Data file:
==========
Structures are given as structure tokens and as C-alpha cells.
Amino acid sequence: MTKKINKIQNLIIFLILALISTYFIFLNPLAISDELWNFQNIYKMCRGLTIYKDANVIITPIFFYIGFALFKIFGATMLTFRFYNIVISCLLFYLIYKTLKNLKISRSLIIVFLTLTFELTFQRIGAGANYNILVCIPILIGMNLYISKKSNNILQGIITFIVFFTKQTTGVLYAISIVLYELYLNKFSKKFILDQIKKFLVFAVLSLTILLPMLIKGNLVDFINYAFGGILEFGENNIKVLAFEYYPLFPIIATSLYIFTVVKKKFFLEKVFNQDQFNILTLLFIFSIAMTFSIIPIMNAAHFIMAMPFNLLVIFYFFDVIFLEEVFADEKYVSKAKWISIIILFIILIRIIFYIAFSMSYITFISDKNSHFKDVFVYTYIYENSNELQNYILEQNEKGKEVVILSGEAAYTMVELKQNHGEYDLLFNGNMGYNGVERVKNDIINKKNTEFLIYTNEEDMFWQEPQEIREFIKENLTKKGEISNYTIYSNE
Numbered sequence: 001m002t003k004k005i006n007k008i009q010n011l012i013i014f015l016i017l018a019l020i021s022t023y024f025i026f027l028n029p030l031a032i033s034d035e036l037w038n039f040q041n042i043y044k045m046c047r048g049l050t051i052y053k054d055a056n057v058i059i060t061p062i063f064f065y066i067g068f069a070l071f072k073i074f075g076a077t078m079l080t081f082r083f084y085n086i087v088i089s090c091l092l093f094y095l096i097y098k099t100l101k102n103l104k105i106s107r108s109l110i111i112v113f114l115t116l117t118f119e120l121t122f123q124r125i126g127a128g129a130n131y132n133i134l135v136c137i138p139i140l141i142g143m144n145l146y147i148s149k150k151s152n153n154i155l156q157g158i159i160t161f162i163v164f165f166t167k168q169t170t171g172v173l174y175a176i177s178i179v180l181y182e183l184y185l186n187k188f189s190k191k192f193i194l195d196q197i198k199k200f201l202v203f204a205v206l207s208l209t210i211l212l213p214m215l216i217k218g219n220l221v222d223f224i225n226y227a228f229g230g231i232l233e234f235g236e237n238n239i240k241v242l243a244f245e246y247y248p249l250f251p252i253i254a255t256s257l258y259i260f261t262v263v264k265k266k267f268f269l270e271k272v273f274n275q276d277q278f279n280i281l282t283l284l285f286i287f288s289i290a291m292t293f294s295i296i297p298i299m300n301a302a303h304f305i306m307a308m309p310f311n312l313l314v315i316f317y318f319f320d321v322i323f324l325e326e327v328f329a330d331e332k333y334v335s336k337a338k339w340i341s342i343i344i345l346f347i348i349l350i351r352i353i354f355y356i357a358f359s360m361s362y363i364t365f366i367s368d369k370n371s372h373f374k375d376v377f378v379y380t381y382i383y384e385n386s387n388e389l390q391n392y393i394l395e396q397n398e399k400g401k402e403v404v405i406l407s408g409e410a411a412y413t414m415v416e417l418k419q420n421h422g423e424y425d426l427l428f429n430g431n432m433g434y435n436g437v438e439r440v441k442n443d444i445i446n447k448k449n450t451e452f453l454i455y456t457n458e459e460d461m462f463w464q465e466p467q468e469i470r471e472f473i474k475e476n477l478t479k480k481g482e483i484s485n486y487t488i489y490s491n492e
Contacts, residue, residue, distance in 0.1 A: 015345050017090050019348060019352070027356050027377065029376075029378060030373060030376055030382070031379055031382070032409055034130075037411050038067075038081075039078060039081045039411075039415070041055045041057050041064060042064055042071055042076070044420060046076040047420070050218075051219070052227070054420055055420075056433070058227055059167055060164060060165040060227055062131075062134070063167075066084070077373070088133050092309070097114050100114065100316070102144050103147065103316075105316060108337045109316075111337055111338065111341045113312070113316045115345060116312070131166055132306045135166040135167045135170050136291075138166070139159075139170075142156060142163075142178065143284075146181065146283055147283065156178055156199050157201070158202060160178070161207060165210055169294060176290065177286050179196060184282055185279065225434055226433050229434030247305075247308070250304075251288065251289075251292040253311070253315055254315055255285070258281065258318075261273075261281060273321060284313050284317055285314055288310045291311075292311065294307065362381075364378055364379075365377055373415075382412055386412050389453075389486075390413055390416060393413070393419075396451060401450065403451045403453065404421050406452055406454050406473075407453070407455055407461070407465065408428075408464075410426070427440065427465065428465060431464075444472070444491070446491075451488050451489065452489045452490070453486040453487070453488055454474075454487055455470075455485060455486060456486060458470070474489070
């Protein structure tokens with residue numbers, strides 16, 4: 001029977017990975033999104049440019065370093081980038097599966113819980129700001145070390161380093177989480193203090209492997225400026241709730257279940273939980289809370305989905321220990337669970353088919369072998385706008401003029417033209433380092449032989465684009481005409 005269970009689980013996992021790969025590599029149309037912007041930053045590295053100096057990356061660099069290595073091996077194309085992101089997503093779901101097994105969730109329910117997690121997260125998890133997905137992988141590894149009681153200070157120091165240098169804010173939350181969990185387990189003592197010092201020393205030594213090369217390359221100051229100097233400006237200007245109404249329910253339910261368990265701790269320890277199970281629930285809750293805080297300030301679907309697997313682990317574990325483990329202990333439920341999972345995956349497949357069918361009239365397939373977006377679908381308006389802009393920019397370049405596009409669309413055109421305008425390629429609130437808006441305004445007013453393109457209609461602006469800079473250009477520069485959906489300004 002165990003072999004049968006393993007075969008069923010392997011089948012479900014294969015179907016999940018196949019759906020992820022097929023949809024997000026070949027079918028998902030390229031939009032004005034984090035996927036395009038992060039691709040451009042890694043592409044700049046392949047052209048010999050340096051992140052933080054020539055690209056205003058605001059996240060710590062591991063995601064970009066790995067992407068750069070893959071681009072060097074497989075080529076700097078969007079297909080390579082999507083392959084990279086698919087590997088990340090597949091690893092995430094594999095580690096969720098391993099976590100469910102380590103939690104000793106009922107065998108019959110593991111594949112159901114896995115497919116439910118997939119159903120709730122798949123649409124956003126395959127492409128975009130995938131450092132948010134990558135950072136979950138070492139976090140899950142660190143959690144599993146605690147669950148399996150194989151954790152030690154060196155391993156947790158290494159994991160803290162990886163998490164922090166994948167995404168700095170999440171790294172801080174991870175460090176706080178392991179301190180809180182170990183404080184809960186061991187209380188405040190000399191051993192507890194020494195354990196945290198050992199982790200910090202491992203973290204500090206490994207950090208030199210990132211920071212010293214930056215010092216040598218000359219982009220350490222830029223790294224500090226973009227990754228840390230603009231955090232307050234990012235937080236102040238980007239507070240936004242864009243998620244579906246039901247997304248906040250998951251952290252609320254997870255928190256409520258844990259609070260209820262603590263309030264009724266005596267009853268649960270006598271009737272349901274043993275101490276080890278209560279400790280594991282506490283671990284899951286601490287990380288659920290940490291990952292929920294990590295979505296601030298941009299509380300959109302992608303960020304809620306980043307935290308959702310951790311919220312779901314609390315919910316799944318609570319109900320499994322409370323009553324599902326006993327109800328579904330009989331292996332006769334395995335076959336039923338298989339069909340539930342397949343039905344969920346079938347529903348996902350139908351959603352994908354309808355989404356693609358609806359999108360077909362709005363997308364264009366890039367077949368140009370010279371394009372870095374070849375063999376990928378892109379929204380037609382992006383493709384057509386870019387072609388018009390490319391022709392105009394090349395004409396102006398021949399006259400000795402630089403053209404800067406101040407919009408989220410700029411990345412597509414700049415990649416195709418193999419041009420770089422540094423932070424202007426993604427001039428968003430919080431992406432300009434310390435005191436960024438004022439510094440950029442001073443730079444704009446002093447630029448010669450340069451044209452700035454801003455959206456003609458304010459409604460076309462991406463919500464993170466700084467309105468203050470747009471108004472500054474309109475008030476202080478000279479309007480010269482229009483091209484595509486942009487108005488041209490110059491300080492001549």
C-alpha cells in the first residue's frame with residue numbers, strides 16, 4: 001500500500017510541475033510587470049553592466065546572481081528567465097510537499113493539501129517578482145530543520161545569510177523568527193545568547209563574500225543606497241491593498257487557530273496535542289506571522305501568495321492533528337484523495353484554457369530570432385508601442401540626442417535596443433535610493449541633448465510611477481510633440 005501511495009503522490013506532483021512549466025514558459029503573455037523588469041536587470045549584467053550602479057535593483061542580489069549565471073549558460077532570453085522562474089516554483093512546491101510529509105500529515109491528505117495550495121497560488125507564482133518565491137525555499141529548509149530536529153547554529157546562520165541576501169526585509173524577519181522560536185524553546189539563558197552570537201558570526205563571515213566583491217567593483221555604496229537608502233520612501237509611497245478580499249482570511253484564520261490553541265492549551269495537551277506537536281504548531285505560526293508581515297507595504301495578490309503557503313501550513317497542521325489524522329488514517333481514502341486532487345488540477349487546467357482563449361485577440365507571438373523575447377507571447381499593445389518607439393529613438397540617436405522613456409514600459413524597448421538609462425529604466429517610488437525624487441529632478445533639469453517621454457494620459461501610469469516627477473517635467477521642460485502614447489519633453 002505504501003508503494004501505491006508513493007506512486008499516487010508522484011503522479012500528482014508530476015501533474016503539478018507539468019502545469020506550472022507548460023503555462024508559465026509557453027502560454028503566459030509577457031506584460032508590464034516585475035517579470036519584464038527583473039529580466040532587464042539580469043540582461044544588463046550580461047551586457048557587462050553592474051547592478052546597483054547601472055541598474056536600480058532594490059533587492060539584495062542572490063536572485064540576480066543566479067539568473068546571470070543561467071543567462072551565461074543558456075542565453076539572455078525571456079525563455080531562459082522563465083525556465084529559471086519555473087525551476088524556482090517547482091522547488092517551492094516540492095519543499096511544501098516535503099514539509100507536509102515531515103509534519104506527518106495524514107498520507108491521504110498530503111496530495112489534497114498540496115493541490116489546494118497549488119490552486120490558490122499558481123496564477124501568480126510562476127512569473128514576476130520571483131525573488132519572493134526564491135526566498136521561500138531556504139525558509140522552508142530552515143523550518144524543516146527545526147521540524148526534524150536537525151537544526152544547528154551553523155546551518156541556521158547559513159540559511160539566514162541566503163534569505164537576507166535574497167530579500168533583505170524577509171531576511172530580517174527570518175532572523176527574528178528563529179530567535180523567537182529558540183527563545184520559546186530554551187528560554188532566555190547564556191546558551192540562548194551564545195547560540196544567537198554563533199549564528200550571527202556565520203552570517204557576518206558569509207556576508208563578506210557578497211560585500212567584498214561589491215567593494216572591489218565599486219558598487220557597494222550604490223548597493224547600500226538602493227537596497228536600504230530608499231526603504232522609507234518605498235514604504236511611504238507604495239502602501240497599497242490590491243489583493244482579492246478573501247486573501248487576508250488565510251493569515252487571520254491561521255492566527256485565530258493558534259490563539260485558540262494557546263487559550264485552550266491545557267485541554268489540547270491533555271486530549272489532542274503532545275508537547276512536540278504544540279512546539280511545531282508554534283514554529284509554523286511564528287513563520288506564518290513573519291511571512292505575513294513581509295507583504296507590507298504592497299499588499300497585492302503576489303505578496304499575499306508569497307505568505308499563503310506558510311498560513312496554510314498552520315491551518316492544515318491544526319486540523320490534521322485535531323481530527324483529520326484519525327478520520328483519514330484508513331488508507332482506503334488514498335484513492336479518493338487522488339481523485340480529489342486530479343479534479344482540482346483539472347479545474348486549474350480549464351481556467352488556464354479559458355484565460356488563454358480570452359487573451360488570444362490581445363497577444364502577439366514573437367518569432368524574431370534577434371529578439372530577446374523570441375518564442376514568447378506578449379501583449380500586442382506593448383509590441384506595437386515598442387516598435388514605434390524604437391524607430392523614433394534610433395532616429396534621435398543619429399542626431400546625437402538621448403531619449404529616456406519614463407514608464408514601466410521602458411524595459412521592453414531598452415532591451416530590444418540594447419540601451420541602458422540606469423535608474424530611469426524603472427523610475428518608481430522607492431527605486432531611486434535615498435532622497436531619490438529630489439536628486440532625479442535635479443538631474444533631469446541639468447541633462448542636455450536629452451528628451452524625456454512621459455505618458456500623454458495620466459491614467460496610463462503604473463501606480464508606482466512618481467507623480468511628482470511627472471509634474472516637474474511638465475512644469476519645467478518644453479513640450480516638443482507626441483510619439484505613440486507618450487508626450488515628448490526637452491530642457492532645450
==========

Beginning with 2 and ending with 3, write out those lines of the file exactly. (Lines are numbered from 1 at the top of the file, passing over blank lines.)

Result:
Amino acid sequence: MTKKINKIQNLIIFLILALISTYFIFLNPLAISDELWNFQNIYKMCRGLTIYKDANVIITPIFFYIGFALFKIFGATMLTFRFYNIVISCLLFYLIYKTLKNLKISRSLIIVFLTLTFELTFQRIGAGANYNILVCIPILIGMNLYISKKSNNILQGIITFIVFFTKQTTGVLYAISIVLYELYLNKFSKKFILDQIKKFLVFAVLSLTILLPMLIKGNLVDFINYAFGGILEFGENNIKVLAFEYYPLFPIIATSLYIFTVVKKKFFLEKVFNQDQFNILTLLFIFSIAMTFSIIPIMNAAHFIMAMPFNLLVIFYFFDVIFLEEVFADEKYVSKAKWISIIILFIILIRIIFYIAFSMSYITFISDKNSHFKDVFVYTYIYENSNELQNYILEQNEKGKEVVILSGEAAYTMVELKQNHGEYDLLFNGNMGYNGVERVKNDIINKKNTEFLIYTNEEDMFWQEPQEIREFIKENLTKKGEISNYTIYSNE
Numbered sequence: 001m002t003k004k005i006n007k008i009q010n011l012i013i014f015l016i017l018a019l020i021s022t023y024f025i026f027l028n029p030l031a032i033s034d035e036l037w038n039f040q041n042i043y044k045m046c047r048g049l050t051i052y053k054d055a056n057v058i059i060t061p062i063f064f065y066i067g068f069a070l071f072k073i074f075g076a077t078m079l080t081f082r083f084y085n086i087v088i089s090c091l092l093f094y095l096i097y098k099t100l101k102n103l104k105i106s107r108s109l110i111i112v113f114l115t116l117t118f119e120l121t122f123q124r125i126g127a128g129a130n131y132n133i134l135v136c137i138p139i140l141i142g143m144n145l146y147i148s149k150k151s152n153n154i155l156q157g158i159i160t161f162i163v164f165f166t167k168q169t170t171g172v173l174y175a176i177s178i179v180l181y182e183l184y185l186n187k188f189s190k191k192f193i194l195d196q197i198k199k200f201l202v203f204a205v206l207s208l209t210i211l212l213p214m215l216i217k218g219n220l221v222d223f224i225n226y227a228f229g230g231i232l233e234f235g236e237n238n239i240k241v242l243a244f245e246y247y248p249l250f251p252i253i254a255t256s257l258y259i260f261t262v263v264k265k266k267f268f269l270e271k272v273f274n275q276d277q278f279n280i281l282t283l284l285f286i287f288s289i290a291m292t293f294s295i296i297p298i299m300n301a302a303h304f305i306m307a308m309p310f311n312l313l314v315i316f317y318f319f320d321v322i323f324l325e326e327v328f329a330d331e332k333y334v335s336k337a338k339w340i341s342i343i344i345l346f347i348i349l350i351r352i353i354f355y356i357a358f359s360m361s362y363i364t365f366i367s368d369k370n371s372h373f374k375d376v377f378v379y380t381y382i383y384e385n386s387n388e389l390q391n392y393i394l395e396q397n398e399k400g401k402e403v404v405i406l407s408g409e410a411a412y413t414m415v416e417l418k419q420n421h422g423e424y425d426l427l428f429n430g431n432m433g434y435n436g437v438e439r440v441k442n443d444i445i446n447k448k449n450t451e452f453l454i455y456t457n458e459e460d461m462f463w464q465e466p467q468e469i470r471e472f473i474k475e476n477l478t479k480k481g482e483i484s485n486y487t488i489y490s491n492e